It will have major long-term effects on Singaporean workers’ retirement savings contributions and therefore accumulation. More will be able to reach their Full or Enhanced Retirement Sums by the time they retire.

The increase in salary ceiling will also mean that CPF savings will keep pace with wage inflation, so that the system continues to cater for the needs of workers up to the 80th percentile of the monthly income distribution. 

Tuesday, February 7, 2023

'Generosity' of VERS scheme will give flat owners remaining value of lease: Sim Ann

Chew Hui Min

07 Feb 2023 

SINGAPORE: Members of Parliament debated how expiring leases on Housing Board (HDB) flats will be dealt with on Tuesday (Feb 7), with Senior Minister of State for National Development Sim Ann rebutting the proposals and concerns raised by opposition members in the House.

During the debate on public housing policies, Assoc Prof Jamus Lim (WP - Sengkang) asked: “But notice that once we actually reach the 60 years or so, the only way to end up extracting the value is to sell (the flat) on to someone else so that we can actually retire comfortably by extracting that value.

“Now the question is: We are selling on a rapidly depreciating asset … What is the Government’s plan, at least at the macro level, to prevent creating a generation of home purchasers who have bought at the tail end just before the music stops?”

Sun Cable Project update (Feb 2023)

In Jan 2023, Sun Cable went into voluntary Administration.

Is this the end of the project, or just a hiccup? Would someone/some other entity step in and drive this project? Is Singapore out of luck?

How "out of luck" is Singapore? Did we lose any money?

Monday, February 6, 2023

Can Malaysia’s ruling coalition work together? PM Anwar squares up to new political realities

The alliance between Pakatan Harapan and Barisan Nasional is a tenuous one, so holding it together is a daunting task. But are there bigger challenges in store for Malaysia’s new leader?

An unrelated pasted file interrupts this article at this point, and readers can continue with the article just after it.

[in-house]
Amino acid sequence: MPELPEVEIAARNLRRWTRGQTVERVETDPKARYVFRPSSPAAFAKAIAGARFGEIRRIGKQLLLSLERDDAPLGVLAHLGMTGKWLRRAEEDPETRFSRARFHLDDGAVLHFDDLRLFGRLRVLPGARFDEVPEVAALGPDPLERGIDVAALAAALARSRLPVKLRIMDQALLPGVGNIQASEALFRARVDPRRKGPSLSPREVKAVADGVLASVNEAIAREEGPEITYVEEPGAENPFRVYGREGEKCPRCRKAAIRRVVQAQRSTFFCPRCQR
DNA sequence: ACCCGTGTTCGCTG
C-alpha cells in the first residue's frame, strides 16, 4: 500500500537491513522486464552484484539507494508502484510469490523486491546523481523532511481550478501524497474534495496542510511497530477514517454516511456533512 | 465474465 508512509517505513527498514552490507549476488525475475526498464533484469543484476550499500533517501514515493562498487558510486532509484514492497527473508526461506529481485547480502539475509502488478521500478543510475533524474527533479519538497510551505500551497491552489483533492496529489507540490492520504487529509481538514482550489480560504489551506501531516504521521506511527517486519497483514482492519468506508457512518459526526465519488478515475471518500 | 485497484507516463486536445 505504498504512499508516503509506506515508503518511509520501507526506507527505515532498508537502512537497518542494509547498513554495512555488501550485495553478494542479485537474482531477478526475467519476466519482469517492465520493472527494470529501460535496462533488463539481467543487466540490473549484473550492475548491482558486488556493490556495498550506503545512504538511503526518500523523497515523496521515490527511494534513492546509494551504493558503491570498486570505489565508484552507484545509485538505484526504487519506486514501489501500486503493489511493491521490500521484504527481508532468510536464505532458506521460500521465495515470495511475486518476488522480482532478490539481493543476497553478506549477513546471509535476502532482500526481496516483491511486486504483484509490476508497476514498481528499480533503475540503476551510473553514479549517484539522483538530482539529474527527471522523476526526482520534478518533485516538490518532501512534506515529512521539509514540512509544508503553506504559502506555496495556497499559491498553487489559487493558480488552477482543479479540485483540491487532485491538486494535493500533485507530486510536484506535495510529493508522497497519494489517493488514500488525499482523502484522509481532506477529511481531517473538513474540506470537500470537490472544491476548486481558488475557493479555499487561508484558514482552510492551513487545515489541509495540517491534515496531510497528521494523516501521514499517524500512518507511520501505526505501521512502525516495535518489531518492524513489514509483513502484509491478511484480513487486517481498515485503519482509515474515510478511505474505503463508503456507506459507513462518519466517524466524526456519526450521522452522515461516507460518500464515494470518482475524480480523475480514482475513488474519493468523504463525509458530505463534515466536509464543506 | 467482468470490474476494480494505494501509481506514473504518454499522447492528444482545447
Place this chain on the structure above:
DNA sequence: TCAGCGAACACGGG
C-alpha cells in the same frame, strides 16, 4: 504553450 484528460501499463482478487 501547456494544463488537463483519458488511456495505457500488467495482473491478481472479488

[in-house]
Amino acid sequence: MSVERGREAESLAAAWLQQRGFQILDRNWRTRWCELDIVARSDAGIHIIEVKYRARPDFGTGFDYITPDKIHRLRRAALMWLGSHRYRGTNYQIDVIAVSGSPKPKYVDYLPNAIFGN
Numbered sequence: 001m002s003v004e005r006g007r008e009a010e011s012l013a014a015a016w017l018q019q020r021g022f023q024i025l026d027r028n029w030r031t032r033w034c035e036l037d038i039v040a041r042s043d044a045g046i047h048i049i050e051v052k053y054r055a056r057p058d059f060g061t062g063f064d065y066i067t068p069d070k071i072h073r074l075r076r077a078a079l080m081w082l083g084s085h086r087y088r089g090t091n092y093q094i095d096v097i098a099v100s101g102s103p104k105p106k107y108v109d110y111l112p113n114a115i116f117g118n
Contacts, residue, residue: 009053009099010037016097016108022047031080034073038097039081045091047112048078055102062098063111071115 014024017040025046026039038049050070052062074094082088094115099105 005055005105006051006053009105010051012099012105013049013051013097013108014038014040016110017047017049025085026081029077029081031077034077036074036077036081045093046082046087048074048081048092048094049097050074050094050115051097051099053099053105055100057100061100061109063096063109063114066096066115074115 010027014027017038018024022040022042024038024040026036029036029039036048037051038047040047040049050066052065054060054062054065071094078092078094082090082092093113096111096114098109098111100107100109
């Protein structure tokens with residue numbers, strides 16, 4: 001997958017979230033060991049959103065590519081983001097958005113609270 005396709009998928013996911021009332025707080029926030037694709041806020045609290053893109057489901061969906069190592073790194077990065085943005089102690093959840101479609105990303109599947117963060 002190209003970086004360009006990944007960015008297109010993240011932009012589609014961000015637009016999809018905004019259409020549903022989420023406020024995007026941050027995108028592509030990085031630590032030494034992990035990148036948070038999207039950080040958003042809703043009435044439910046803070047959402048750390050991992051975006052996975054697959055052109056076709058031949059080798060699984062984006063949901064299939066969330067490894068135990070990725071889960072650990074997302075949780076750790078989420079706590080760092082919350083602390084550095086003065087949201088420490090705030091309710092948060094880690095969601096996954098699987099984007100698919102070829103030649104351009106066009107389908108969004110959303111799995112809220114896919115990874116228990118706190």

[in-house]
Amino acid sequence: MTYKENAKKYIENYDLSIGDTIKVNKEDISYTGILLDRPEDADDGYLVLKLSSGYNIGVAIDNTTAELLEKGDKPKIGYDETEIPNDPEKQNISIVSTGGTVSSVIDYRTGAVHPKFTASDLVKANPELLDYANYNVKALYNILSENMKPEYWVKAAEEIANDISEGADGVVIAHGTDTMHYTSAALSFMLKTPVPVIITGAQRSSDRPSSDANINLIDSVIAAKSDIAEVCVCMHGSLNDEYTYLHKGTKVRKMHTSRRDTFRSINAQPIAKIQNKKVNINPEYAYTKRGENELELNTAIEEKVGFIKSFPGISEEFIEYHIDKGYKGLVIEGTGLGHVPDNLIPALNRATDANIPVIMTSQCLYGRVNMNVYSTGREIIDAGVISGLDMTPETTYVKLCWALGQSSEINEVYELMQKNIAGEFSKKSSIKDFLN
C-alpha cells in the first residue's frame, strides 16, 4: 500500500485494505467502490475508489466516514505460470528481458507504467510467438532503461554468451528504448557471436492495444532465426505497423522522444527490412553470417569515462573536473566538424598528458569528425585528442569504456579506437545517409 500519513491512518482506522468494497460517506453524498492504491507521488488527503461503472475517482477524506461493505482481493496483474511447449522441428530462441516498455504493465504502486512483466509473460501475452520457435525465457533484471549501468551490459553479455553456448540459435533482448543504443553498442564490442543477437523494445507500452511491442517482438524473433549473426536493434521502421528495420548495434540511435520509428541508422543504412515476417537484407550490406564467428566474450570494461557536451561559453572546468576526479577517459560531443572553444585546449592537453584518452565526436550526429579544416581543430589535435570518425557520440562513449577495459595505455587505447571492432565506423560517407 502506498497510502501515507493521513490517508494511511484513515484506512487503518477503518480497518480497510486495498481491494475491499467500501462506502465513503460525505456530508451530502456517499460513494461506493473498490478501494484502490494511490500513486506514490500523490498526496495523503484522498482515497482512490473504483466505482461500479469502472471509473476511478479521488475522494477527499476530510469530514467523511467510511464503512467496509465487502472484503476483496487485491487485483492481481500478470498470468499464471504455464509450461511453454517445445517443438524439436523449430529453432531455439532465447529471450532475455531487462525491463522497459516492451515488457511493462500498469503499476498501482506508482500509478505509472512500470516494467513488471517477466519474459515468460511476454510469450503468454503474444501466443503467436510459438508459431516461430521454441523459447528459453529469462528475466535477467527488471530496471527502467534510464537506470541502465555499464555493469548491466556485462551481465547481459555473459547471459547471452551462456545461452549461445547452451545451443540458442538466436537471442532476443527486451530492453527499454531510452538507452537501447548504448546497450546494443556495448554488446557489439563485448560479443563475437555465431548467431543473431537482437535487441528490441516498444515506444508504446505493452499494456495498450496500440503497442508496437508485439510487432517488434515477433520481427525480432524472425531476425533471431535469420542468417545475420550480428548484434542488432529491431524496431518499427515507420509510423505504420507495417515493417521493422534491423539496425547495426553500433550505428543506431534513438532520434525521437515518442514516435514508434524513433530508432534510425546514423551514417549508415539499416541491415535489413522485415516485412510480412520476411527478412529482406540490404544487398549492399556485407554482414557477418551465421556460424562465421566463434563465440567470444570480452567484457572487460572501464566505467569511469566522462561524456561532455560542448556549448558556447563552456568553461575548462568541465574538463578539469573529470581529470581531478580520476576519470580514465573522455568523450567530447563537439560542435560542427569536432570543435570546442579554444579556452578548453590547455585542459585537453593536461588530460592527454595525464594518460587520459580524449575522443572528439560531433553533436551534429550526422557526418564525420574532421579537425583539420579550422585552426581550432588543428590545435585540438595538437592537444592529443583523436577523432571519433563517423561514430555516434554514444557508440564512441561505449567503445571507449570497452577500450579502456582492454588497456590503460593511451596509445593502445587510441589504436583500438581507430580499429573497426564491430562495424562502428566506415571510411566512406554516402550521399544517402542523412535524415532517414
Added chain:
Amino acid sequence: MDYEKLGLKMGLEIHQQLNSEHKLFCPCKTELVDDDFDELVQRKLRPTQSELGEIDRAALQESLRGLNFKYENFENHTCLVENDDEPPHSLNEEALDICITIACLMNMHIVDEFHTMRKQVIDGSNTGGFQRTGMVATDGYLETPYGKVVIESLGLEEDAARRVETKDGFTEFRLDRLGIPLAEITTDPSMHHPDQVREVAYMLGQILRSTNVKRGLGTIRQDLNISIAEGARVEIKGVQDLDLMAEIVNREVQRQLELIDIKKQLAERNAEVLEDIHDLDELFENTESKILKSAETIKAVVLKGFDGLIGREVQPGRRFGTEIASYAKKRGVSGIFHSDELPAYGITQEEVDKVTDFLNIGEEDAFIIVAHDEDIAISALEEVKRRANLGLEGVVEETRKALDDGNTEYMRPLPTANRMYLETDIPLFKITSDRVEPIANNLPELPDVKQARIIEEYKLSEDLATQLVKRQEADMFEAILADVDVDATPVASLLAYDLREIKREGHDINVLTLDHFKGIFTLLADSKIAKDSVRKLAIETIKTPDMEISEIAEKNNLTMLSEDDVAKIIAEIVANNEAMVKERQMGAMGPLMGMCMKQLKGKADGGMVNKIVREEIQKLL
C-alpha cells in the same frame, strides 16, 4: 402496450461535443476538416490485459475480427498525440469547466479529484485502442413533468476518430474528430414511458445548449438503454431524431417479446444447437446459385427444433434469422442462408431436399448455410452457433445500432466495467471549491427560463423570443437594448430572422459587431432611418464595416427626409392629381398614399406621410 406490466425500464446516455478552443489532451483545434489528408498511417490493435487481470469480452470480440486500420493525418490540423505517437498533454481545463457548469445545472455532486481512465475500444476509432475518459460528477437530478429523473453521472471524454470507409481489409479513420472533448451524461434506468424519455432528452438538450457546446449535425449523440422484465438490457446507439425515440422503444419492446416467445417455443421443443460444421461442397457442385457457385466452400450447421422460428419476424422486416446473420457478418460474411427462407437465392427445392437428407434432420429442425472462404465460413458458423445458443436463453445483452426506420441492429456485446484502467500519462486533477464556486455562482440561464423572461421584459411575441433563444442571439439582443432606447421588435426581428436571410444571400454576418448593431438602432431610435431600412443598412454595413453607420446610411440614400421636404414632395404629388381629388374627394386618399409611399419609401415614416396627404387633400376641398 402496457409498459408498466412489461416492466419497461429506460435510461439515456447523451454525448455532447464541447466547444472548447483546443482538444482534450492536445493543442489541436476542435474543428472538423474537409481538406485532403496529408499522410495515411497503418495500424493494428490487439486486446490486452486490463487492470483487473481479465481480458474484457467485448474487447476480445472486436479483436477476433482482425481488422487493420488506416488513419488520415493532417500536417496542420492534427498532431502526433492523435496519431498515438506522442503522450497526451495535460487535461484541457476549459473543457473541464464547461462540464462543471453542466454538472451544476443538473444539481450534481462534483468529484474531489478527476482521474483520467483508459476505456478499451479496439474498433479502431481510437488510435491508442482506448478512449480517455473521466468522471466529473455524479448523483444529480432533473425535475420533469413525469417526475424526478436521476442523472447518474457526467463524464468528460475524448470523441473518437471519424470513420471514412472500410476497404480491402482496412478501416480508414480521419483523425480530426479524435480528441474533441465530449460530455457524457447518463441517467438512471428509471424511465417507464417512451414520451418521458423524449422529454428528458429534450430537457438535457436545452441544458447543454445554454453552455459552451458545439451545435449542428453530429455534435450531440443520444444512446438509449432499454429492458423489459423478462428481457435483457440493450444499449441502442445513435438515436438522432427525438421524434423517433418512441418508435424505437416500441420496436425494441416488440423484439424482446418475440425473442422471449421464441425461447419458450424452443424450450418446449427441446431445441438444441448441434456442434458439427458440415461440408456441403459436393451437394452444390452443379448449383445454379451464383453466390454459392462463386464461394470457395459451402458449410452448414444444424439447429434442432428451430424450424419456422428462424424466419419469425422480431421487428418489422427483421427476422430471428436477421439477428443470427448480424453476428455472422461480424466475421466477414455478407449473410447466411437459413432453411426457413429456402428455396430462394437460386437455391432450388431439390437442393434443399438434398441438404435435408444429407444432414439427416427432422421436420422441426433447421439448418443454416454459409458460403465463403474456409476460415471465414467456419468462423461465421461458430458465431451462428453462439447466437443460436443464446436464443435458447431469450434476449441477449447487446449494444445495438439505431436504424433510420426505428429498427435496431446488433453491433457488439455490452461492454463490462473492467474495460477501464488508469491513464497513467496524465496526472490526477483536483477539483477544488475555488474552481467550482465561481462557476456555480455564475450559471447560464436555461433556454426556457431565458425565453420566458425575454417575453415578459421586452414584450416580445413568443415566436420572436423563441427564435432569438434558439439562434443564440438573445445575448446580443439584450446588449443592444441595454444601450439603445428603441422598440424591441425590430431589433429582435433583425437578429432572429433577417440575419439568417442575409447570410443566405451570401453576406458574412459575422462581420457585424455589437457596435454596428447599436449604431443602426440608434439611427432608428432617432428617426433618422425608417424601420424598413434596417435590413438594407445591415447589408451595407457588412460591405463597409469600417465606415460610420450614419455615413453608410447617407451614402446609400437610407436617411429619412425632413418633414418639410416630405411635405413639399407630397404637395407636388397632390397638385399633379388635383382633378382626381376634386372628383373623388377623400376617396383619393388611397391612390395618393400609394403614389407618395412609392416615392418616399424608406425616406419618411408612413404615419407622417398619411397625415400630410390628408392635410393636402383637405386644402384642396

After being an also-ran for years, Mr Anwar Ibrahim has taken the top job in Malaysia’s government. Can he deliver?

Derrick A Paulo
Zainudin Afandi

04 Feb 2023

KUALA LUMPUR: After Malaysia’s recent general election produced a hung parliament, artist Faye Lim was thrilled when Pakatan Harapan (PH) got the chance to form the government again.

The 32-year-old was among those who opposed the internal coup in 2020 that had brought down the previous PH government.

So in December, when Prime Minister Anwar Ibrahim, chairman of PH, won a vote of confidence in the Malaysian parliament to emerge as the undisputed leader of the new unity government, it was what Lim wanted.

“Give people a chance to finish what they start,” she said. “If (politicians) are always going to keep repeating … ‘I’ll never work with’ (or) ‘I don’t want’, then … (they) aren’t thinking about us as a whole nation holistically.”

Thursday, February 2, 2023

Senior counsel questions handling of Keppel bribery case as other lawyers weigh in; Indranee to address matter in Parliament

A view of the Brani, Keppel and Tanjong Pagar container terminals in Singapore on Aug 19, 2022. Reuters

February 2, 2023

SINGAPORE — A senior counsel has questioned the decision by Singapore authorities not to prosecute six former senior management staff members of Keppel Offshore & Marine for a US$55 million (S$73 million) bribery case involving Brazilian oil giant Petrobras.

However, other lawyers who weighed in on the subject, while acknowledging the lack of clarity and how it might appear questionable to the public, suggested that the Attorney-General's Chambers (AGC) might have reason not to divulge certain legally protected information.

Tuesday, January 31, 2023

Singapore ranked 5th least corrupt country in 2022

While Singapore was ranked fifth on the Corruption Perceptions Index, this was its lowest ranking in five years
File photo of skyline buildings of the Central Business District in Singapore on Nov 16, 2022.
(Photo: CNA/Hanidah Amin)

31 Jan 2023 

SINGAPORE: Singapore was ranked as the fifth least corrupt country in the world in 2022, according to anti-corruption body Transparency International's Corruption Perceptions Index (CPI).